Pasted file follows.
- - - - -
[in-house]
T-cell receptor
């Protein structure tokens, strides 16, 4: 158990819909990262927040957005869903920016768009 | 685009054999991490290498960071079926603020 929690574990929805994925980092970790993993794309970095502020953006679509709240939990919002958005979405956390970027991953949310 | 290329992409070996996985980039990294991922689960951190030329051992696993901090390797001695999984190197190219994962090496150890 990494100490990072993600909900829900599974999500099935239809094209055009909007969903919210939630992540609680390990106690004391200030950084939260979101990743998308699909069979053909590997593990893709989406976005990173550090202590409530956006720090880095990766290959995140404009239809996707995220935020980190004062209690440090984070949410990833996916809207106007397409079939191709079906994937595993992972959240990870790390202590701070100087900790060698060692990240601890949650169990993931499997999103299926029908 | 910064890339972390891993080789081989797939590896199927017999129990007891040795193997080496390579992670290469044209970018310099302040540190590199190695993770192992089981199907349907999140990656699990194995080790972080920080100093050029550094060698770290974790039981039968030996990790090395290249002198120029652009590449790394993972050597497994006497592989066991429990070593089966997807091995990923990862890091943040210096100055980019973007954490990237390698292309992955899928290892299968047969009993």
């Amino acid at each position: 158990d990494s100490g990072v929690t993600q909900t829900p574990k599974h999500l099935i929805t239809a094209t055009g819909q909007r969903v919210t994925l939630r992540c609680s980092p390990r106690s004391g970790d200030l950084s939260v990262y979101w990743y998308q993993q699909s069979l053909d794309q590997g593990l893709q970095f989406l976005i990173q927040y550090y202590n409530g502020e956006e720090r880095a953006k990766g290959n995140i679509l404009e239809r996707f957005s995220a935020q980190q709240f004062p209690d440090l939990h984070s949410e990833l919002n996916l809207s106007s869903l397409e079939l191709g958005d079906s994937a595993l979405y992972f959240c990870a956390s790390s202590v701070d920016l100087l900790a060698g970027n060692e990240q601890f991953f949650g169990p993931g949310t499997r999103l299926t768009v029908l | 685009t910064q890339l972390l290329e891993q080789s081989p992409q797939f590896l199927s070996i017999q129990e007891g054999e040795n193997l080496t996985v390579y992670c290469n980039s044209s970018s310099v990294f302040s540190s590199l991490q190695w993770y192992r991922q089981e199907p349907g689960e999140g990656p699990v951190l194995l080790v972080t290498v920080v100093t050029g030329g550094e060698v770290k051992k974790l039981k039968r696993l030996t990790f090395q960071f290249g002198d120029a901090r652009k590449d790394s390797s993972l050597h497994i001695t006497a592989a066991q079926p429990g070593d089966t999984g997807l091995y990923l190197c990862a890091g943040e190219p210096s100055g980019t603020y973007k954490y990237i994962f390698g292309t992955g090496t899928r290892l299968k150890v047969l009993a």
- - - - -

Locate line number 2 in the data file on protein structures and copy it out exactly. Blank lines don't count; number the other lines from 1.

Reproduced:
T-cell receptor